One of the perks of being a teacher is getting gifts from students. Another student gave me a gift later that day. You can see it wrapped in one of the pictures above. Since the wrapping was see-through, I just assumed it was a small cake. A bit busy all weekend, I forgot about it until after lunch this afternoon. I noticed it when I was about to head back to work, and noting its existence to my wife, she said I should put it in the fridge. I did, though I’m not really sure why she suggested that or why I obeyed.

I always want to thank students for their gifts because it’s the right thing to do and I’d hate for them to think they aren’t appreciated. So this afternoon I made a point of thanking the student, a 9-year old who goes by the English name Gloria, for her gift, saying it was really tasty. Then she cried out in Chinese that it wasn’t something to eat! I told her I knew that (I didn’t) and that I was just joking (I wasn’t). That’ll teach me to lie to little kids!

I opened the gift after dinner tonight and you can see its contents in the above pictures. Such a sweet collection of little treasures. The kids all know I like drinking coffee as I often use that as a language example. Same goes for reading as one of my hobbies. Christmas is coming soon, I guess. But I’m really not sure what about me says cubic zirconia. It slays me that she gave me such a big one with a nice chip broken off it.

Anyway, I will thank her for the specific contents next week. It’s nice to end the day with such a warm feeling.

So much for the warm feeling. Links for the weekend:

  • Just awful news out of Colorado Springs. If only there was a word that begins with the letter “t” to describe incidents like this one when white men use violence in the pursuit of political aims. Though he didn’t use the word that apparently cannot be used when white men use violence in the pursuit of political aims, good on Obama for not otherwise mincing words.
  • I see already that gun rights absolutists are trotting out different versions of “Guns don’t kill people; people kill people” in response to the shootings. Stop, please. Cars don’t get people to work; people get people to work. Forks and knives don’t cut up food and put it in people’s mouths; people cut up food and put in their mouths. This is asinine. You’re not children. We’re not children. Time to put away childish rhetoric and think about what’s happening out in the real world.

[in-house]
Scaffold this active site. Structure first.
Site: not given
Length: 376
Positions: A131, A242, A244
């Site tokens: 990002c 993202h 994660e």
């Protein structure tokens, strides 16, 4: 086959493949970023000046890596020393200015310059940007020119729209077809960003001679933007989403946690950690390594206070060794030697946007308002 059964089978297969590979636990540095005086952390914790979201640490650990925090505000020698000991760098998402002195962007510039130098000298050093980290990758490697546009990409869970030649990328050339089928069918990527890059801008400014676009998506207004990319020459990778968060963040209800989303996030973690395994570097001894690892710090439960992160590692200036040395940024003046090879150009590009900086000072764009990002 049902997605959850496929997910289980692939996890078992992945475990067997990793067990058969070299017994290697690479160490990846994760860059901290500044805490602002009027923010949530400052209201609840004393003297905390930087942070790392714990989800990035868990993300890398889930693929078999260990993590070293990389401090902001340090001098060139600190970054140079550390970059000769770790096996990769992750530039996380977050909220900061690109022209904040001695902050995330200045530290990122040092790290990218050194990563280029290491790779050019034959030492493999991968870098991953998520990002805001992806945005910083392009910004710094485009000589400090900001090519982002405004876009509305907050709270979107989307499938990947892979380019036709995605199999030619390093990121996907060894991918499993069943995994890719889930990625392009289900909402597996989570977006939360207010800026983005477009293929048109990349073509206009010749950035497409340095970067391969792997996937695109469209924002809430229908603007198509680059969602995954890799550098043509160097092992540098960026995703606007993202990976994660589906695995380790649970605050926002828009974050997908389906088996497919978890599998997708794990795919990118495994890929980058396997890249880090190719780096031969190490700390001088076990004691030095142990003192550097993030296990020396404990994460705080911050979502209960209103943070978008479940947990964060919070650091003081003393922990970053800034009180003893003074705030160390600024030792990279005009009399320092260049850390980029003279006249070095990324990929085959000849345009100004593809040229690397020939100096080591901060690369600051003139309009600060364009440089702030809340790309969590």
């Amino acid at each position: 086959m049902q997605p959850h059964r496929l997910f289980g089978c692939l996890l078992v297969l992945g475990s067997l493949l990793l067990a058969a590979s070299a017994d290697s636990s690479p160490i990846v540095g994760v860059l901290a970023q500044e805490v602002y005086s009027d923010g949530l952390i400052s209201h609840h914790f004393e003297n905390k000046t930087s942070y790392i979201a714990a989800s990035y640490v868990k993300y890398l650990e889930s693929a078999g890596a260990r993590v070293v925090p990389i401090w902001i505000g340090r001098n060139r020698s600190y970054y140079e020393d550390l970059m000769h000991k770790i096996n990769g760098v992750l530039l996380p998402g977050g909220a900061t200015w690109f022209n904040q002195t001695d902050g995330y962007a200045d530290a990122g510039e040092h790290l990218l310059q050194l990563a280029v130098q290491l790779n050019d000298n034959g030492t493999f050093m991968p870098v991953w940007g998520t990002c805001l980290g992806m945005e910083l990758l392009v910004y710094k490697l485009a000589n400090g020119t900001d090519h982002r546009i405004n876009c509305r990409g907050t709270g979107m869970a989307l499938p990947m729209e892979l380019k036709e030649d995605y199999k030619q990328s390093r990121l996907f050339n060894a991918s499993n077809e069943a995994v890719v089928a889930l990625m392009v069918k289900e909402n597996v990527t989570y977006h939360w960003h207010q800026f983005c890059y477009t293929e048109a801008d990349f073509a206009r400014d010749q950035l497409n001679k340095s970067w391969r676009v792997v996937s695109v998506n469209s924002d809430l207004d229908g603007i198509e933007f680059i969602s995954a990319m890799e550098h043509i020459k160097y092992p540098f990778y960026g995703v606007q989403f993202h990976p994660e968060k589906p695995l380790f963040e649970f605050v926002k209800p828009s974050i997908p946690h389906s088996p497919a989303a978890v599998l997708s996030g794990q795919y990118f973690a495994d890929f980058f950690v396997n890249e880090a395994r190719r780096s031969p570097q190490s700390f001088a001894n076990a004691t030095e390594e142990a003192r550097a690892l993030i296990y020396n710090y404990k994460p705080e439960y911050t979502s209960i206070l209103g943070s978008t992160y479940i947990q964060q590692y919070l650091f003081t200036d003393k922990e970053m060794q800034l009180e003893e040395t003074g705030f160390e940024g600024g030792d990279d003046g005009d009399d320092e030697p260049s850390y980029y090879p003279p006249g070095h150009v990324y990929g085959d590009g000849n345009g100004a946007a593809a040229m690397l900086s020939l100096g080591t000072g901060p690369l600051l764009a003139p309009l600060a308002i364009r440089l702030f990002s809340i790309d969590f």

• Matt Taibbi at Rolling Stone wonders what it means that Donald Trump can lie with impunity and concludes that the media itself is largely to blame. TPM‘s Josh Marshall reminds us why lies, insults, and refusing to apologize for one’s lies and insults works with the Right.
  • I share Marshall’s exasperation with much of the media for belatedly and grudgingly coming to realize that the Trump phenomenon is a thing that is real and that he has a real constituency. The inmates are close to complete control of the asylum and many of us have seen this coming since at least 2010. Even if Trump loses, which Marshall thinks is still likely, the Republican Party is beholden to the people fueling his rise. These would be the people who give us deposed Speakers of the House and government shutdowns.
  • This piece about the stupid pieces about arguing with your racist uncle during Thanksgiving made me laugh a few times. The author, Jeb Lund, says we shouldn’t argue politics at Thanksgiving; instead, save the energy for arguing against deep-fried turkey. Is Lund right? I’ve never actually had deep-fried turkey.
  • Not exactly the kind of positive note with which I want to end these links posts, but a good friend of mine passed on this article about “coywolves.” I want one.

Enjoy the rest of your weekend!

Happy Thanksgiving!

I’m wearing the oven mitt. Another one of our teachers, Collin, is standing to my left. Next to Collin is one of our Chinese teachers, and the rest are students. We were trying to pose for a couple of cameras at the same time, which explains how nobody seems to be looking at the same place.

Thanksgiving came early this year to Dali, Yunnan Province, China. That’s because Thanksgiving is not actually a holiday in China and not wanting to teach our Friday morning classes in a post-feast stupor, Collin (pictured with me above) and I decided to host Thanksgiving dinner for students in our adult classes on Wednesday night and give ourselves actual Thanksgiving Day to recover.